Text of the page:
- Delays in diagnosis and treatment are among the failures in the new report
Sepsis is still claiming too many lives as hospitals are making the same mistakes as a decade ago, the health ombudsman has warned.
Rob Behrens said there had been some progress on diagnosis and treatment since his office published its landmark Time to Act report in 2013.
But his investigations have revealed some lessons have still not been learnt and repeated mistakes are costing lives.
Delays in diagnosis and treatment, poor communication and record-keeping, and missed opportunities for follow-up care are among the failures found.
A new report by the ombudsman – Spotlight on Sepsis: Your Stories, Your Rights – concludes ‘significant improvements are urgently needed to avoid more fatalities’.
Delays in diagnosis and treatment, poor communication and record-keeping, and missed opportunities for follow-up care are among the failures found
It says there are many tragic cases where patients have died but the outcome could have been different if they, or their families, had been listened to.
According to the UK Sepsis Trust, about 48,000 deaths are attributed to sepsis each year.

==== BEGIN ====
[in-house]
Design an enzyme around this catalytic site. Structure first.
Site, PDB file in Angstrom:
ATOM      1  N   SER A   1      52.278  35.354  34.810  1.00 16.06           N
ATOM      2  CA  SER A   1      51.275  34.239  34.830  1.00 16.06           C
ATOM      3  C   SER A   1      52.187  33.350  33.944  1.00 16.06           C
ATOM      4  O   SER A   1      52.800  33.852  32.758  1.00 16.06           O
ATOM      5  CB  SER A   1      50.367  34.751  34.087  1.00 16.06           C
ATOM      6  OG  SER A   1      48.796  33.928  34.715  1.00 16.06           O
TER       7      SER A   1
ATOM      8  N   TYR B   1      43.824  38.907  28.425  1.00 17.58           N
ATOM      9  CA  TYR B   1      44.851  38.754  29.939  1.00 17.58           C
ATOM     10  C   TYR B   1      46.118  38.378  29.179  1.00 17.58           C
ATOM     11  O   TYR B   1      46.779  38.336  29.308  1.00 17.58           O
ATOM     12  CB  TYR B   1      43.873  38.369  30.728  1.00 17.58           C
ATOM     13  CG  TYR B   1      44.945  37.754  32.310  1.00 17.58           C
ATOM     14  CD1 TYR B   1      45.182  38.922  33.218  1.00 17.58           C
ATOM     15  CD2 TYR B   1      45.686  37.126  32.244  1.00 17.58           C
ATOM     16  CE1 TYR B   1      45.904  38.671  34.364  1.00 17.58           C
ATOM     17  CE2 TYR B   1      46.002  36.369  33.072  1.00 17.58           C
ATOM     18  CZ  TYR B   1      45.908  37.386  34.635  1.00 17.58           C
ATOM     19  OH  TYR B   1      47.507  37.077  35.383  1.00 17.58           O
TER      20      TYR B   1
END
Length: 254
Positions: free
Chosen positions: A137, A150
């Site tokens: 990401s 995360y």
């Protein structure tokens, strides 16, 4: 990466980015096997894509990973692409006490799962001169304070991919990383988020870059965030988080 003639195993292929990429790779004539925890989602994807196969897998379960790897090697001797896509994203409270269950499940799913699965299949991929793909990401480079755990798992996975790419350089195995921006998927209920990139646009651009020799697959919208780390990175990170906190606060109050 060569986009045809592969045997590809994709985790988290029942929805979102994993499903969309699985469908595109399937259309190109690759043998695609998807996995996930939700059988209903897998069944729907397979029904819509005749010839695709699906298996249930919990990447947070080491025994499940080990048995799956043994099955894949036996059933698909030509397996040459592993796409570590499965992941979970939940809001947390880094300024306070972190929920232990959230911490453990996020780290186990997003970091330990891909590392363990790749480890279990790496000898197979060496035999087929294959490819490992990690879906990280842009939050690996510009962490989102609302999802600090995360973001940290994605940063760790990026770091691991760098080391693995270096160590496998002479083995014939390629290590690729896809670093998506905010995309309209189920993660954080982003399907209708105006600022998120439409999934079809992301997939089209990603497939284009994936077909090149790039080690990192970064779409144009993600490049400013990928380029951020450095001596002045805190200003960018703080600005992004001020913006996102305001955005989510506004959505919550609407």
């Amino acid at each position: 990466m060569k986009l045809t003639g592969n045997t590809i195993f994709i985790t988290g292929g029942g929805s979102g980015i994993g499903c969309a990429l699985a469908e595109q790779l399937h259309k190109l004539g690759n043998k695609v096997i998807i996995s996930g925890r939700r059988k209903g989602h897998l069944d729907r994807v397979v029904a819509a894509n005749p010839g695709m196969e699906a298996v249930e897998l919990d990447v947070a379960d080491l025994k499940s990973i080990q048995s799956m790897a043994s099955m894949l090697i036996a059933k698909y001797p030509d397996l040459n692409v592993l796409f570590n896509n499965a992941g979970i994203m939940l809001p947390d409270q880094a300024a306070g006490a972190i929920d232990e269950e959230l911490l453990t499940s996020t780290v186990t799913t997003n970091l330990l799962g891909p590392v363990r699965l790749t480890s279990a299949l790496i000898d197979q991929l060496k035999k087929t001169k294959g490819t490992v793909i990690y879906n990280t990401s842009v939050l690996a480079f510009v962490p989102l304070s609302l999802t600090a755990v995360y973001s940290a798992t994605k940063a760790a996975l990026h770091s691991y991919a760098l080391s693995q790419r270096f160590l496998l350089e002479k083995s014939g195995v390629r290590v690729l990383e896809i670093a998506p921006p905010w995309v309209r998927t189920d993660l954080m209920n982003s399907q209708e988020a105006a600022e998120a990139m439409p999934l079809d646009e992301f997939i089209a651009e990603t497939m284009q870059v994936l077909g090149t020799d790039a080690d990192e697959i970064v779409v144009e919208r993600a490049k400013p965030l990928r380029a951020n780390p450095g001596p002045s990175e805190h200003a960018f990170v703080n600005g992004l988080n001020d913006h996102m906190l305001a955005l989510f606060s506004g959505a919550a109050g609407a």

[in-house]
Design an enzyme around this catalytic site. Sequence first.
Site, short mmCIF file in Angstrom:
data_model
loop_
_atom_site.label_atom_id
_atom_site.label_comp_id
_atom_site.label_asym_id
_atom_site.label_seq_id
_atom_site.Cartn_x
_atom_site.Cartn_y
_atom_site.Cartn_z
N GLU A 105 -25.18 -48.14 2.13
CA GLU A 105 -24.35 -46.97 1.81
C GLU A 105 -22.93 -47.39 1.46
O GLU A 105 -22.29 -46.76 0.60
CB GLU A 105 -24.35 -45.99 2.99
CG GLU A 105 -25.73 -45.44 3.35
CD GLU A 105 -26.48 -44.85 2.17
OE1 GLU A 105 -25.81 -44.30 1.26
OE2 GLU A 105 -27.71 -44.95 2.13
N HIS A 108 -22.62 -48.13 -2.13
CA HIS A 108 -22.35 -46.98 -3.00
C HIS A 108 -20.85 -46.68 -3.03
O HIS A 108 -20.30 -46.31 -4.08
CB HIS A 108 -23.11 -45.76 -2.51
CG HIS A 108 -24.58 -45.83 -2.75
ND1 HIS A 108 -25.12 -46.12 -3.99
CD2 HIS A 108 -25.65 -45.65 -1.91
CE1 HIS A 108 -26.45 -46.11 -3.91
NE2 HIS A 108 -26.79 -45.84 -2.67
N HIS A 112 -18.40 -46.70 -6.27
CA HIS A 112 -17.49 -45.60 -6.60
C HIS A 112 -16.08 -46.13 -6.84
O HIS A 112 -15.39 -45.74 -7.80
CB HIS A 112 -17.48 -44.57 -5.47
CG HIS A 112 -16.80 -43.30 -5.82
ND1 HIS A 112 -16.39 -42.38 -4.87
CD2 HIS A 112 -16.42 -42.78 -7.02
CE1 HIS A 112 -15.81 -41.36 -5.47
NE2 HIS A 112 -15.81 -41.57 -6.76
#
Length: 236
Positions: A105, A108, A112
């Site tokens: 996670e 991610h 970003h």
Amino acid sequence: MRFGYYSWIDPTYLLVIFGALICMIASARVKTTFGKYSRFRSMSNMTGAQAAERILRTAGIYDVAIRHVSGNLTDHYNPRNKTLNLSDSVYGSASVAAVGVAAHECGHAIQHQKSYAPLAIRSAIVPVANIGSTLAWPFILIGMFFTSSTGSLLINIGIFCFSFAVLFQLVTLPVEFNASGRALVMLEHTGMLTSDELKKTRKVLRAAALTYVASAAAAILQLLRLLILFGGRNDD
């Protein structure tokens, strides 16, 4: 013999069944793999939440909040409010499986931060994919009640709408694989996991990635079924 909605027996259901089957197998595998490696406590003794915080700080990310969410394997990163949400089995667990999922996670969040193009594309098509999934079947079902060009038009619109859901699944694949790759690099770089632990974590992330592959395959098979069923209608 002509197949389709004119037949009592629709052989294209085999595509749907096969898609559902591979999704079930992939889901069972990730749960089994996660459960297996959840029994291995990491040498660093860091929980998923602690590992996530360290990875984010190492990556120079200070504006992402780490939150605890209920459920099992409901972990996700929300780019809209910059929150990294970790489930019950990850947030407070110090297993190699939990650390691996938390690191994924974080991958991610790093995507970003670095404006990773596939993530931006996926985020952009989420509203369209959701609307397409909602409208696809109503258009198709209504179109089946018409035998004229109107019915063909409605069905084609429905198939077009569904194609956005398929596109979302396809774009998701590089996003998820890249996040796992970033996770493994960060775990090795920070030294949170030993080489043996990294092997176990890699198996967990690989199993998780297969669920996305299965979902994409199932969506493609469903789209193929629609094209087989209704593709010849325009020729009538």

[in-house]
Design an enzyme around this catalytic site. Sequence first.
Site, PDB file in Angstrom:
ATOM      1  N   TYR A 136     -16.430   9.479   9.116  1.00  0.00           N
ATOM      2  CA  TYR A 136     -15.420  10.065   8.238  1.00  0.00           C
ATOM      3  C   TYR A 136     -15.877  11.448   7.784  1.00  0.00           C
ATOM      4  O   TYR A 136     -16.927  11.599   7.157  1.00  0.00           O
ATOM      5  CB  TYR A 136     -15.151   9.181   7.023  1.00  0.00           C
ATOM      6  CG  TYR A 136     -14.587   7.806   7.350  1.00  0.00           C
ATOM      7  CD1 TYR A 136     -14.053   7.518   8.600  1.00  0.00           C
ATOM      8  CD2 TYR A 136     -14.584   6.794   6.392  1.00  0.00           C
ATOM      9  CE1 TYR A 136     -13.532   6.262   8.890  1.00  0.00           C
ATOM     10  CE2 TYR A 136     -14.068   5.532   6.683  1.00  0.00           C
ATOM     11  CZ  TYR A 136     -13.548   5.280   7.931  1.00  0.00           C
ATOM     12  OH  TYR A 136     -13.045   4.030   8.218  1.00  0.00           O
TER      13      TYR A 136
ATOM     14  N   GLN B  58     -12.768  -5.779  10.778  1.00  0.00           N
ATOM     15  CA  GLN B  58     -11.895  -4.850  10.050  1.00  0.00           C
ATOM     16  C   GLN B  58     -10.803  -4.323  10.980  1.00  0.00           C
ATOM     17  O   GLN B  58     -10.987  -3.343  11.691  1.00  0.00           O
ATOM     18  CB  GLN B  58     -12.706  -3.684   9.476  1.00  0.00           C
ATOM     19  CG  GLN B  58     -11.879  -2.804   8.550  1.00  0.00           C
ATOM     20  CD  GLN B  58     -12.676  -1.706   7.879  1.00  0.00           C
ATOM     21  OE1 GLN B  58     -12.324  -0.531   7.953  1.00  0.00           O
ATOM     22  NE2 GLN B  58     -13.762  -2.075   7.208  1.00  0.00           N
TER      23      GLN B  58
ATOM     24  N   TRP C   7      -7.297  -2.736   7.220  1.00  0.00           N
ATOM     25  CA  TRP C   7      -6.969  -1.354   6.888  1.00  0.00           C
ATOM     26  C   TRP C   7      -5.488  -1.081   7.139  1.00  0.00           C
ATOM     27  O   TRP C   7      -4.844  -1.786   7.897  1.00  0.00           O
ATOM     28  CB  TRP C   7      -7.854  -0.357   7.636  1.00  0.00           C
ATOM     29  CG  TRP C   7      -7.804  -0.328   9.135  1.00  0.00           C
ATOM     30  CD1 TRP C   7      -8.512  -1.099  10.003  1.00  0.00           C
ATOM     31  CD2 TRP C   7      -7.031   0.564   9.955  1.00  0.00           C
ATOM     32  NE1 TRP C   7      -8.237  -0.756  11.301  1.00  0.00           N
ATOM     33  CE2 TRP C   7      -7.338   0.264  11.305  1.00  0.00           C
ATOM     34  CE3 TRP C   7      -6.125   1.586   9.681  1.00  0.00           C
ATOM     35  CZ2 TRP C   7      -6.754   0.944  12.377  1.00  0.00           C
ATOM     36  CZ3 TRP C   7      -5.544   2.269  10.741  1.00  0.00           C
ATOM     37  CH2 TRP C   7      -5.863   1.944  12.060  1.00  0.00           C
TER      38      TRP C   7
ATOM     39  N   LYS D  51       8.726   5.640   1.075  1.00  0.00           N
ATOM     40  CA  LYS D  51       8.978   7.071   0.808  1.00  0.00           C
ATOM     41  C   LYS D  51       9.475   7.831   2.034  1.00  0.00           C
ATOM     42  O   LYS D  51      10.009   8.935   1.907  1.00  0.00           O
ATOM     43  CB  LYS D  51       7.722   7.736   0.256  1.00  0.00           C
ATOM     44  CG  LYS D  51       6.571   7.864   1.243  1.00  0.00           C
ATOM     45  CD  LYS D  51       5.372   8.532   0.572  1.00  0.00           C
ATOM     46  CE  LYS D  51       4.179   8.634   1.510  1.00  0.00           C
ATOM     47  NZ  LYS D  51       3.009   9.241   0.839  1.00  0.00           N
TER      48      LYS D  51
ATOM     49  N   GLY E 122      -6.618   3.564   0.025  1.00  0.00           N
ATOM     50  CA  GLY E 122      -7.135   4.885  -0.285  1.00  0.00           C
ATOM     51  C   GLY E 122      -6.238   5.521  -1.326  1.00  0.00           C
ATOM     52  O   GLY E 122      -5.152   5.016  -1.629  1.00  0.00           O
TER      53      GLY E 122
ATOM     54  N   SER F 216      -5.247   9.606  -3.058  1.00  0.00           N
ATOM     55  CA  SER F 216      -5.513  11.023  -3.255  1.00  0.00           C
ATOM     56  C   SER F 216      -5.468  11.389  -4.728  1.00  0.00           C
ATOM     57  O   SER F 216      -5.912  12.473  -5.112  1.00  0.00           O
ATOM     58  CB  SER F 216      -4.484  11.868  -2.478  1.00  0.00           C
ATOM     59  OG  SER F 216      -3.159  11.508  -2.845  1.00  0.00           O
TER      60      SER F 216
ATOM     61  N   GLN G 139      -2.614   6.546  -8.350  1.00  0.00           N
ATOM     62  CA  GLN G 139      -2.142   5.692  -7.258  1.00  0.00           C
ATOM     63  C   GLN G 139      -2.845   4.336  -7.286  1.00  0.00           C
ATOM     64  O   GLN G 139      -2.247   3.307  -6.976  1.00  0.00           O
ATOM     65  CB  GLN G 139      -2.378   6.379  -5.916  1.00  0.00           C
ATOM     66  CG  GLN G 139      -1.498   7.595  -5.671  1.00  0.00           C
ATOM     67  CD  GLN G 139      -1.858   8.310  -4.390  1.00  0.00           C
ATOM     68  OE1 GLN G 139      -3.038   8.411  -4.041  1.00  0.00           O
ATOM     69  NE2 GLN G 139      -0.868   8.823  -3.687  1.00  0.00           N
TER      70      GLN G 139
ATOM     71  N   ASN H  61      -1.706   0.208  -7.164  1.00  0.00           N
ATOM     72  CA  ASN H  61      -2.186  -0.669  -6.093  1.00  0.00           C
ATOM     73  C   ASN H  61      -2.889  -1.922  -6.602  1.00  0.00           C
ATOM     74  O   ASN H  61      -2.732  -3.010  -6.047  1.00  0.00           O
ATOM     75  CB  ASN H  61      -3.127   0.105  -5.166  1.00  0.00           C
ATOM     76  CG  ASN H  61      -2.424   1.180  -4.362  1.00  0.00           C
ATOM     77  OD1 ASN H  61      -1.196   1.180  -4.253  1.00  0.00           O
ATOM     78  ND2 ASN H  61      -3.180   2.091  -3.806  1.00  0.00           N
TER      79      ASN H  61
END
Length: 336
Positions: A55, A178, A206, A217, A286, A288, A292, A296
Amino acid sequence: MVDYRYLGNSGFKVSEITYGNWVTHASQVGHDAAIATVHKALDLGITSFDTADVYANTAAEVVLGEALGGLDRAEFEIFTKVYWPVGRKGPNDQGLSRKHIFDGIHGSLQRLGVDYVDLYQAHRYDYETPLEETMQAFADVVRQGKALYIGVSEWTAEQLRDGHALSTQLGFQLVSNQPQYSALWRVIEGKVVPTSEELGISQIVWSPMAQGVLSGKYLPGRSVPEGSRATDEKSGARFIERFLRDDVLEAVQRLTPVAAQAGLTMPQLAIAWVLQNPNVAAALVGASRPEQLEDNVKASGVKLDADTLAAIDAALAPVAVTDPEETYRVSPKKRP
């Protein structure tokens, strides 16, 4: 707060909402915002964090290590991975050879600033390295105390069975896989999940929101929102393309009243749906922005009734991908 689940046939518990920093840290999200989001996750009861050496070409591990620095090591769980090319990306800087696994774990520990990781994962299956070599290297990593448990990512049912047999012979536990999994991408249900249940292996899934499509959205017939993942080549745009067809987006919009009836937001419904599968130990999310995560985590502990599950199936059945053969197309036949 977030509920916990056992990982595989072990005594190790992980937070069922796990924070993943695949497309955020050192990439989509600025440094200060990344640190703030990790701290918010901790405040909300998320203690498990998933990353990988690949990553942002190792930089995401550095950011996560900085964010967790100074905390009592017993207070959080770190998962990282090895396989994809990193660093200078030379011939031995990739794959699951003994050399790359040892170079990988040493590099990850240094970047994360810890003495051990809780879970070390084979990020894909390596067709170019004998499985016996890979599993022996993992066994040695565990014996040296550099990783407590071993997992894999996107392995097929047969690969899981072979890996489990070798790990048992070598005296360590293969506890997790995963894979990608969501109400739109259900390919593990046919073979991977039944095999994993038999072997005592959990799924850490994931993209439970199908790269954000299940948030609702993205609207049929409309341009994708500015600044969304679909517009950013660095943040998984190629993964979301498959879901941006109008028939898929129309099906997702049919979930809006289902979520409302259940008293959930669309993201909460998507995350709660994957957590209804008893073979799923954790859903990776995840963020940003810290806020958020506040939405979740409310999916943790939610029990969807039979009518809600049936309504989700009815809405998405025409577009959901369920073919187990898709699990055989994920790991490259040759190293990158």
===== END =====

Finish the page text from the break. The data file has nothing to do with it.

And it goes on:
Sepsis, known as the ‘silent killer’, strikes when an infection such as blood poisoning sparks a violent immune response in which the body attacks its own organs.
If caught early, the infection can be controlled by antibiotics before the body goes into overdrive.
But early symptoms can be easily confused with more mild conditions, meaning it is difficult to diagnose.
And a patient can rapidly deteriorate, so quick diagnosis and treatment is vital.
The Mail’s End the Sepsis Scandal campaign helped to raise awareness of symptoms, in an attempt to reduce the number of missed cases.
It led to the publication of NHS quality standards for sepsis, but the new report reveals there is still some way to go.
Sepsis, known as the ‘silent killer’, strikes when an infection such as blood poisoning sparks a violent immune response in which the body attacks its own organs
Mr Behrens said: ‘It frustrates and saddens me that the same mistakes we highlighted ten years ago are still occurring.
‘The NHS needs to listen to patients and their families when they raise concerns. It needs to be sepsis-aware.’
Melissa Mead, whose one-year-old son William died from sepsis in 2014 after concerns were dismissed by doctors, peer-reviewed the report.
She said: ‘I think this report, nine years on from William’s death, really lays bare the incidences of sepsis cases.
‘Too many lives are being lost in preventable circumstances.’
The Health Secretary has pledged to introduce ‘Martha’s rule’ to give patients the right to a second opinion.
Steve Barclay made his pledge after meeting Merope Mills, whose daughter Martha, 13, developed sepsis and died after doctors failed to admit her to intensive care.